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UNIX/LINUX Command – hexdump

NAME

hexdump—ASCII, decimal, hexadecimal, octal dump

SYNOPSIS

hexdump [-bcdovx] [-e format_string] [-f format_file] [-n length] [-s skip] [file …]

DESCRIPTION

The hexdump utility is a filter that displays the specified files, or the standard input, if no files are specified, in a user-specified format.
The options are as follows:

Options Description
-b One-byte octal display. Display the input offset in hexadecimal, followed by sixteen spaceseparated, three-column, zero-filled bytes of input data, in octal, per line.
-c One-byte character display. Display the input offset in hexadecimal, followed by sixteen spaceseparated, three-column, space-filled, characters of input data per line.
-d Two-byte decimal display. Display the input offset in hexadecimal, followed by eight spaceseparated, five-column, zero-filled, two-byte units of input data, in unsigned decimal, per line.
-e format_string Specify a format string to be used for displaying data.
-f format_file Specify a file that contains one or more newline separated format strings. Empty lines and lines whose first nonblank character is a hash mark (#) are ignored.
-n length Interpret only length bytes of input.
-o Two-byte octal display. Display the input offset in hexadecimal, followed by eight space-separated, six-column, zero-filled, two-byte quantities of input data, in octal, per line.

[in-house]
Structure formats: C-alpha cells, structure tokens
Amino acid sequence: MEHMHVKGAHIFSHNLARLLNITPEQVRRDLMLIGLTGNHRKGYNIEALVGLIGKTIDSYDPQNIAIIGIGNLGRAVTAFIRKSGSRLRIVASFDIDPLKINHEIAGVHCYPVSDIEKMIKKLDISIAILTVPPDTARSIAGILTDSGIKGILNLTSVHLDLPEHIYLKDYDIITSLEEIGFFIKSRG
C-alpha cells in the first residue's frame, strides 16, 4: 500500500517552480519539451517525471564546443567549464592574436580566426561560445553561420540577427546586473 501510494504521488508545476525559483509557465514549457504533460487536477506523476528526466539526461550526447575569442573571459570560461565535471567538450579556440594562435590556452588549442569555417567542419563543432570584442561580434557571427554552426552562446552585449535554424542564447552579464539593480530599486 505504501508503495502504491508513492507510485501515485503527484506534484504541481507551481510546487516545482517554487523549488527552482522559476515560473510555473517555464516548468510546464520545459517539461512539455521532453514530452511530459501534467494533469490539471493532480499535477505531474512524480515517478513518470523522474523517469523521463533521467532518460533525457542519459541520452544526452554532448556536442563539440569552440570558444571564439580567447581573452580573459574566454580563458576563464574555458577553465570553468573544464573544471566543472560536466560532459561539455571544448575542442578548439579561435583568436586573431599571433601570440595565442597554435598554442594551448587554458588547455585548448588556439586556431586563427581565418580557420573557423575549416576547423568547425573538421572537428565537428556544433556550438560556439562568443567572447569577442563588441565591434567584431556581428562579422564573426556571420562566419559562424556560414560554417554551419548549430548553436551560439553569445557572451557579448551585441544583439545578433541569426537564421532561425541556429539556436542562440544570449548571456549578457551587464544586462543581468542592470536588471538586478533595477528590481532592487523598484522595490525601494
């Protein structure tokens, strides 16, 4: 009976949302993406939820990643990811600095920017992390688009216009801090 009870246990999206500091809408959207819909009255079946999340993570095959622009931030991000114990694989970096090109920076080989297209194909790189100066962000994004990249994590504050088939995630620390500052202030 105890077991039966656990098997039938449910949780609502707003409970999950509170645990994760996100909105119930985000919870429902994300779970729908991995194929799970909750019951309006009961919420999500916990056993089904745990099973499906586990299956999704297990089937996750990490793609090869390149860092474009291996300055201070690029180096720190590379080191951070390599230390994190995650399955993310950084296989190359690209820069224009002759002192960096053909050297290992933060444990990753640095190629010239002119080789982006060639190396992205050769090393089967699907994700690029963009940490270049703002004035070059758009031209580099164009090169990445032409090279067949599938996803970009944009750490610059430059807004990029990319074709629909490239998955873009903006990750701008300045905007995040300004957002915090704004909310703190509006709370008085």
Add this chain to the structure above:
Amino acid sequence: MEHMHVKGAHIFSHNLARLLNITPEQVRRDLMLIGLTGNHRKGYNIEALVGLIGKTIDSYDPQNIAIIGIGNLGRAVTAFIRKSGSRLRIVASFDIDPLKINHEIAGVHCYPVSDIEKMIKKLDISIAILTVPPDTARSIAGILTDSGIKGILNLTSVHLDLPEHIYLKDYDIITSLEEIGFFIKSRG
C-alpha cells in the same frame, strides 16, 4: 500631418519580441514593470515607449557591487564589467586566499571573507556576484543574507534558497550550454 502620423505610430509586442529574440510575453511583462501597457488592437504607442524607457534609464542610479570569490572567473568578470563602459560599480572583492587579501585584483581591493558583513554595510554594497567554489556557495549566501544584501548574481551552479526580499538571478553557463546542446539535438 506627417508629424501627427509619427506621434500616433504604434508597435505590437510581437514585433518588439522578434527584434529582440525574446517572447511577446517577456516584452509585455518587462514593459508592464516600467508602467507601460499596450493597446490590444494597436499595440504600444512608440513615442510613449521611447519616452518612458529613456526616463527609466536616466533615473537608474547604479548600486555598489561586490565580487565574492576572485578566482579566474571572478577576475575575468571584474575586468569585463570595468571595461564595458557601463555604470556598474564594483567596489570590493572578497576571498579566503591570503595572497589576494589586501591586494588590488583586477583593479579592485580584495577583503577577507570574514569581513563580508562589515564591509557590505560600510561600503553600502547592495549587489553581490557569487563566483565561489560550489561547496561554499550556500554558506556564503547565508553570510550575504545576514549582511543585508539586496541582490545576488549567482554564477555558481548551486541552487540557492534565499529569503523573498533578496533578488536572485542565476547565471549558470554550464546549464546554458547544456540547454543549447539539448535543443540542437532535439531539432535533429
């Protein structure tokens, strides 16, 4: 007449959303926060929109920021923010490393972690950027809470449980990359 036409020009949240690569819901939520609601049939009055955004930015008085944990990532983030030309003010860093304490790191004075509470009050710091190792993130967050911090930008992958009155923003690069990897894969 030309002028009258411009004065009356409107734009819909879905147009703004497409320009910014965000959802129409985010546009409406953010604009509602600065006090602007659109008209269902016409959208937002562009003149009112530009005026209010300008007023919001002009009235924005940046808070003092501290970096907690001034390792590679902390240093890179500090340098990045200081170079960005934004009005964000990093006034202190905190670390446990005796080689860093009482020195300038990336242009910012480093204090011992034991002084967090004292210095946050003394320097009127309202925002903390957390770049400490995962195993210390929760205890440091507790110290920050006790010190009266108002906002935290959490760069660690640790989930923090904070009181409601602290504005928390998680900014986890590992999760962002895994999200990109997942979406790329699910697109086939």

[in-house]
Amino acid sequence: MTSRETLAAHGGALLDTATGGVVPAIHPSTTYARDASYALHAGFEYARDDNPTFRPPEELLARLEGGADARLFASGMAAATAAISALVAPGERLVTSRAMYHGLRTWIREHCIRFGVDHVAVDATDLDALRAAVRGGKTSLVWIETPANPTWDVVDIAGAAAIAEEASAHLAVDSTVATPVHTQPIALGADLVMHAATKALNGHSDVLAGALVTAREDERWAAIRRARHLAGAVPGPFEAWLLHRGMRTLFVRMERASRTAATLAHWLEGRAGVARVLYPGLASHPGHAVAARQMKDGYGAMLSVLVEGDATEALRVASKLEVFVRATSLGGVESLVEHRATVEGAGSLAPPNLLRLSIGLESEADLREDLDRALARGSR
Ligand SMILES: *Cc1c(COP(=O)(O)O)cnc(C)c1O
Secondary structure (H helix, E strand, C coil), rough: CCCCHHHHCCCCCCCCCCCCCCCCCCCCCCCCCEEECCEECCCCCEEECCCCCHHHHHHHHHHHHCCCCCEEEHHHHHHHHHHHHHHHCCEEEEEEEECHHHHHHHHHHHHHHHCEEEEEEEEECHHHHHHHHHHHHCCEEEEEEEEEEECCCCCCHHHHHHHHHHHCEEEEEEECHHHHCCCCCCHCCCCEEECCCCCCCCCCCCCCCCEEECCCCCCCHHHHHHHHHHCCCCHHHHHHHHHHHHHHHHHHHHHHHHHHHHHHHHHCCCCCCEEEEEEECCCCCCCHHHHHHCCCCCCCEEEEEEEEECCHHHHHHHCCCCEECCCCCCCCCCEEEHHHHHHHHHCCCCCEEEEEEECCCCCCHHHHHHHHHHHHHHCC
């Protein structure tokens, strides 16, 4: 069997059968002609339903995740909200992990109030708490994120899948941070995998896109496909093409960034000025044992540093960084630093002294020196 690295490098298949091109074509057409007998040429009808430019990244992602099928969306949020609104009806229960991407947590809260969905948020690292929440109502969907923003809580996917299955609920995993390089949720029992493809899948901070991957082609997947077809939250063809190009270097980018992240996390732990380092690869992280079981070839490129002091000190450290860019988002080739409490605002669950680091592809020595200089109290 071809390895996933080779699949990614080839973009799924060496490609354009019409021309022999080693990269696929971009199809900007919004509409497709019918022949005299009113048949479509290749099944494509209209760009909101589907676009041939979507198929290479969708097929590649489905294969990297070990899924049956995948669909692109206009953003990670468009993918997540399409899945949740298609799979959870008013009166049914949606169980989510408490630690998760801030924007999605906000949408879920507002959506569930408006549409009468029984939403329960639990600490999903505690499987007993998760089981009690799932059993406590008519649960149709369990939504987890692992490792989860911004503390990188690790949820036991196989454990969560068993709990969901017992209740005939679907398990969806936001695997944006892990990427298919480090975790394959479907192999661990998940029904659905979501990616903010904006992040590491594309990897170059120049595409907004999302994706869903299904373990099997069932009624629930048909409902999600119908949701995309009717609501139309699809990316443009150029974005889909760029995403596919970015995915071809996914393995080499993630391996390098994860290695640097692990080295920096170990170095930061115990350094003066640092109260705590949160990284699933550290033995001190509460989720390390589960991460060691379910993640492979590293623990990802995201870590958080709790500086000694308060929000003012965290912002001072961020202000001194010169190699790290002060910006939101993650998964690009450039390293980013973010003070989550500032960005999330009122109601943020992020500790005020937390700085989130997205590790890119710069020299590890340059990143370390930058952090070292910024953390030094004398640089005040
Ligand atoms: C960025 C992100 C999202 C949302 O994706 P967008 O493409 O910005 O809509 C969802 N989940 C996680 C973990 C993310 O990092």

-s offset Skip offset bytes from the beginning of the input. By default, offset is interpreted as a decimal number. With a leading 0x or 0X, offset is interpreted as a hexadecimal number; otherwise, with a leading 0, offset is interpreted as an octal number. Appending the character b, k, or m to offset causes it to be interpreted as a multiple of 512, 1024, or 1048576, respectively.
-v The -v option causes hexdump to display all input data. Without the -v option, any number of groups of output lines, which would be identical to the immediately preceding group of output lines (except for the input offsets), are replaced with a line comprised of a single asterisk.
-x Two-byte hexadecimal display. Display the input offset in hexadecimal, followed by eight, space separated, four-column, zero-filled, two-byte quantities of input data, in hexadecimal, per line.

For each input file, hexdump sequentially copies the input to standard output, transforming the data according to the format strings specified by the -e and -f options, in the order that they were specified.

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